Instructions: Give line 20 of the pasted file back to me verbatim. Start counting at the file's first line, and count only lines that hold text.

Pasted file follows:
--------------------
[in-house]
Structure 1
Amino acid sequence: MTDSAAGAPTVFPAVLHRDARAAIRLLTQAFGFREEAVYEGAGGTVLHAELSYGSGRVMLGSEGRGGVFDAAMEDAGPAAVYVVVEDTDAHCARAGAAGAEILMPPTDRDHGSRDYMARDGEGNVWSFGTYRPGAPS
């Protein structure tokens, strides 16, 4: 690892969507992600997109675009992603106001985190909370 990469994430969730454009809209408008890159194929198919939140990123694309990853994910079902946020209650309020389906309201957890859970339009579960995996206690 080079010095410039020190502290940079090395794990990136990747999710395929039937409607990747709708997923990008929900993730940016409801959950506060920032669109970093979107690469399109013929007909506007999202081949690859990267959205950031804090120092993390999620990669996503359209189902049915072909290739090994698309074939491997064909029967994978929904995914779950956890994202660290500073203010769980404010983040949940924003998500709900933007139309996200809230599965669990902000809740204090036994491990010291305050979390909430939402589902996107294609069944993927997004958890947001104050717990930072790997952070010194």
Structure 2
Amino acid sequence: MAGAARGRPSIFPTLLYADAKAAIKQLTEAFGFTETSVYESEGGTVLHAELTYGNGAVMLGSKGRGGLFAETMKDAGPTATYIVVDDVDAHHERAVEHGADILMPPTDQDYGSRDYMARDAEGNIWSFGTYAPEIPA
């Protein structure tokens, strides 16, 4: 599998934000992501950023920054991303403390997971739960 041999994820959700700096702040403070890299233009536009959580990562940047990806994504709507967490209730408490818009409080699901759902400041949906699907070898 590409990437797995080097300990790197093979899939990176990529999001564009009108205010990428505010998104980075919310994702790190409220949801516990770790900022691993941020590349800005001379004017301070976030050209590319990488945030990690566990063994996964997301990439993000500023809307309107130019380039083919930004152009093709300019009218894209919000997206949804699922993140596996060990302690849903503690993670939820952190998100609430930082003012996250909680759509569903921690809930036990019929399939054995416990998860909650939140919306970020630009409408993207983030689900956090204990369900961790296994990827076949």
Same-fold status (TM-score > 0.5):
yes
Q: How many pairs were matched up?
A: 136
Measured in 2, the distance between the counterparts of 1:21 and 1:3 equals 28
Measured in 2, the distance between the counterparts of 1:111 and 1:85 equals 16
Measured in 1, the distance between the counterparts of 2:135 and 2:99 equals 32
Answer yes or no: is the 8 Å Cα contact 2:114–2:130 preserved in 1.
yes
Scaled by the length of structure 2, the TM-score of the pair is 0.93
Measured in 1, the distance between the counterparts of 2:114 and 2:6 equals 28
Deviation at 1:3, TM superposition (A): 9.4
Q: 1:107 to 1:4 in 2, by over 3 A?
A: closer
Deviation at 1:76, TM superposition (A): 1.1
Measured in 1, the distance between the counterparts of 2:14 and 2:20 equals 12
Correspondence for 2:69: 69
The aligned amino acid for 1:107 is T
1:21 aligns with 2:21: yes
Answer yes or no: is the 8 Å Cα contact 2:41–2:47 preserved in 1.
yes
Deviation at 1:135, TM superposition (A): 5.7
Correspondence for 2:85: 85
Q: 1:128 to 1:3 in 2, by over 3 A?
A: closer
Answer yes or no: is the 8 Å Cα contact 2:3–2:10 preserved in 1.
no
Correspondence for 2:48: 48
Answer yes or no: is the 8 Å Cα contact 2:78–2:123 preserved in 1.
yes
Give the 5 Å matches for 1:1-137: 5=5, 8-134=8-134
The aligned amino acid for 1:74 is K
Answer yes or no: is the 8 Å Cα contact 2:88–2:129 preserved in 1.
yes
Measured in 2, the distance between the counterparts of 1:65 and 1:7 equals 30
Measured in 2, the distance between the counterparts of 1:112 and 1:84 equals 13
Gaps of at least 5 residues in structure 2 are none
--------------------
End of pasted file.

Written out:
Q: 1:107 to 1:4 in 2, by over 3 A?